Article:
Sep. 2, 2011 at 7:37 PM ET
UPDATE: Monday 2 p.m. ET:The San Francisco Chronicle confirms that four officers accompanied two Apple investigators to the home, and that the officers did not go in, citing San Francisco Police Chief Greg Suhr. Suhr explained to the paper that it was not uncommon for officers to accompany investigators, and that Apple had the right, as the company who lost the property, to request that a report not be filed.
SF Weekly's deep investigation of the alleged hunt for a missing iPhone has another twist to it: The San Francisco Police Department previously told SF Weekly that it was not involved in a hunt for a missing iPhone, giving the assumption that Apple investigators were impersonating officers. Now the SFPD says it did indeed accompany Apple and stood by while company officials searched a man's home.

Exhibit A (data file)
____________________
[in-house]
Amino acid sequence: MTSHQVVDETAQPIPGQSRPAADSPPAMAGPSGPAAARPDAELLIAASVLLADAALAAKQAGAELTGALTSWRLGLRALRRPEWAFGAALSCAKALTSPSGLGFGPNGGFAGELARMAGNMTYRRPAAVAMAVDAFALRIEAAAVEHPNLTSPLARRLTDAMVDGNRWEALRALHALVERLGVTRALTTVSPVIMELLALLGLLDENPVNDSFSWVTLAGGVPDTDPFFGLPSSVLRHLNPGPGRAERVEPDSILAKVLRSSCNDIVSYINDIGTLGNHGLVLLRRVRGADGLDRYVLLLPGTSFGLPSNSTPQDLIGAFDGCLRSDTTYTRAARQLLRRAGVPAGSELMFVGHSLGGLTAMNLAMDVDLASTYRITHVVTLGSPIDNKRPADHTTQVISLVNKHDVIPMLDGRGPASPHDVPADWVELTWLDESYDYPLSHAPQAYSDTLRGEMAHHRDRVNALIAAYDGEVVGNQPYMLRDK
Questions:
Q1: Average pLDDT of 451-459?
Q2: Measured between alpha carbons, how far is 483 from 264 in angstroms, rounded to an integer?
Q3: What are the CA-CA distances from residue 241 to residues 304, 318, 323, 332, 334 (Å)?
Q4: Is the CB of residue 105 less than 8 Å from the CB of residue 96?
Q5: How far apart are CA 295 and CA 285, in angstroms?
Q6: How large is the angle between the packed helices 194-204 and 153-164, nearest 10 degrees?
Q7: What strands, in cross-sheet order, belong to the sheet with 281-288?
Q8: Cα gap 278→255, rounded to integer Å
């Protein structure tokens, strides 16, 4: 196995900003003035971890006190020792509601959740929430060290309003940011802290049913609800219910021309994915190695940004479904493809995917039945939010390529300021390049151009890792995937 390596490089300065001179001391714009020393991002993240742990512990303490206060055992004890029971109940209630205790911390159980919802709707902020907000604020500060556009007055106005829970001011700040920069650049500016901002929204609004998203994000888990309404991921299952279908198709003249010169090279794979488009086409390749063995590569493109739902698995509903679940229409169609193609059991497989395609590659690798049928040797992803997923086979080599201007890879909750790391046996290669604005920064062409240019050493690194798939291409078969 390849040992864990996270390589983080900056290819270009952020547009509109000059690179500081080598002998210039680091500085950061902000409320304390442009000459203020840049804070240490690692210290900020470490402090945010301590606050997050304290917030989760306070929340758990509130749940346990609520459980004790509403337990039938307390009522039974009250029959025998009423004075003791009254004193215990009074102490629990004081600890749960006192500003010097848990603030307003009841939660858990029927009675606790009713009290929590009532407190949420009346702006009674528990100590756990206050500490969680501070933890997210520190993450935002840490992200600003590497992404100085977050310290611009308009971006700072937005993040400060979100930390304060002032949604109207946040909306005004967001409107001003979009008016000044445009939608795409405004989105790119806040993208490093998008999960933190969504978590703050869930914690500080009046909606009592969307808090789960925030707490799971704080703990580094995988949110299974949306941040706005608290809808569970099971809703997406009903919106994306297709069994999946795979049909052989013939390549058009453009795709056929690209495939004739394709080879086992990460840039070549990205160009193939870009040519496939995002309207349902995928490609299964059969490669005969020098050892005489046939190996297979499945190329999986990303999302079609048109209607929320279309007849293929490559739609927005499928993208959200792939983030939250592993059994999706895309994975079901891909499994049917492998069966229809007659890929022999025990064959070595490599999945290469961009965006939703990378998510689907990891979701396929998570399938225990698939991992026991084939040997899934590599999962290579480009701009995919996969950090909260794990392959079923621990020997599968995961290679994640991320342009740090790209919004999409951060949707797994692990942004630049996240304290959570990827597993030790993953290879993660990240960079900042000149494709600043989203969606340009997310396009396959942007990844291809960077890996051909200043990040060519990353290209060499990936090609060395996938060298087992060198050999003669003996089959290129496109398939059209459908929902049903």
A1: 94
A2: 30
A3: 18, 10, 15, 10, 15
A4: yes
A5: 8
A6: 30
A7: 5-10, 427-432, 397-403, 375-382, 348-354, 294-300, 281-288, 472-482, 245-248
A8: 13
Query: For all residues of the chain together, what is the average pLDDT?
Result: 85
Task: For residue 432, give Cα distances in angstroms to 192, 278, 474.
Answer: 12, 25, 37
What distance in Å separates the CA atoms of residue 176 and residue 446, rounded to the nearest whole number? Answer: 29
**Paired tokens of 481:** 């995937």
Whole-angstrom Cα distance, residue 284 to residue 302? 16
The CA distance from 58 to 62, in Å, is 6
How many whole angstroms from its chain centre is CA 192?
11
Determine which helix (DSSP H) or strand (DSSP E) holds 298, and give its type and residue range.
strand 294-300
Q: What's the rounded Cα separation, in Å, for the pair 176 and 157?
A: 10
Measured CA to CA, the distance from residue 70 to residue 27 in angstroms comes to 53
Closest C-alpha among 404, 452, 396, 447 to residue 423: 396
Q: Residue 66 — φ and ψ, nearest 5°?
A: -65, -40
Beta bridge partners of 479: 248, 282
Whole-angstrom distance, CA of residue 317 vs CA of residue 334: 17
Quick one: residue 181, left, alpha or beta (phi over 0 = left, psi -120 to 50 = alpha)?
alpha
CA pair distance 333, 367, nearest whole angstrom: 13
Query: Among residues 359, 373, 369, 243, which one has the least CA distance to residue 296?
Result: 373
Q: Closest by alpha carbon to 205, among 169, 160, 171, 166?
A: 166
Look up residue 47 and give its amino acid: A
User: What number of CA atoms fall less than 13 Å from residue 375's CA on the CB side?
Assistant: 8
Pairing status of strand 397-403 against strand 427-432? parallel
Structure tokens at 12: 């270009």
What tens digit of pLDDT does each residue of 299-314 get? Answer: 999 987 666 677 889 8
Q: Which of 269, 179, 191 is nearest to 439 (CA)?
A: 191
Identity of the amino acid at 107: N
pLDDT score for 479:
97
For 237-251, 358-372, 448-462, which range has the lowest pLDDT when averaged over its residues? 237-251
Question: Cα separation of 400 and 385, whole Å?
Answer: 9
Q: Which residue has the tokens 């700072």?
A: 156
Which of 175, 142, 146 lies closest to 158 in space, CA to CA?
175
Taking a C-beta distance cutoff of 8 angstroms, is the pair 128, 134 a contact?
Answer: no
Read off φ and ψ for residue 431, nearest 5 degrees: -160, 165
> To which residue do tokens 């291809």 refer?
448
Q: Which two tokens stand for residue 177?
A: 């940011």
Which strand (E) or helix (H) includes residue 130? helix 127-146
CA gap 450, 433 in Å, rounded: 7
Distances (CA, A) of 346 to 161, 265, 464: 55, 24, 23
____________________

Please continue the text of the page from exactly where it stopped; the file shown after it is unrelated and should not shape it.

In what sounds like a complete reversal, SFPD told SF Weekly that "three or four" officers did in fact accompany two Apple security staffers to a home in search of a missing iPhone. However, this is where the tale gets even more sinister: According to the SFPD representative that SF Weekly talked to, the officers did not accompany the Apple investigators into the home for the search.
(Read the story for more details — SF Weekly is doing a great job handling this story.)
OK, so impersonating a police officer may be a felony crime, but what do you call it when police officers allow private investigators to do the leg work? This saga has gone from 10 p.m. cop drama to midnight film noir, and there's still no sign of the Maltese Falcon — I mean, missing iPhone.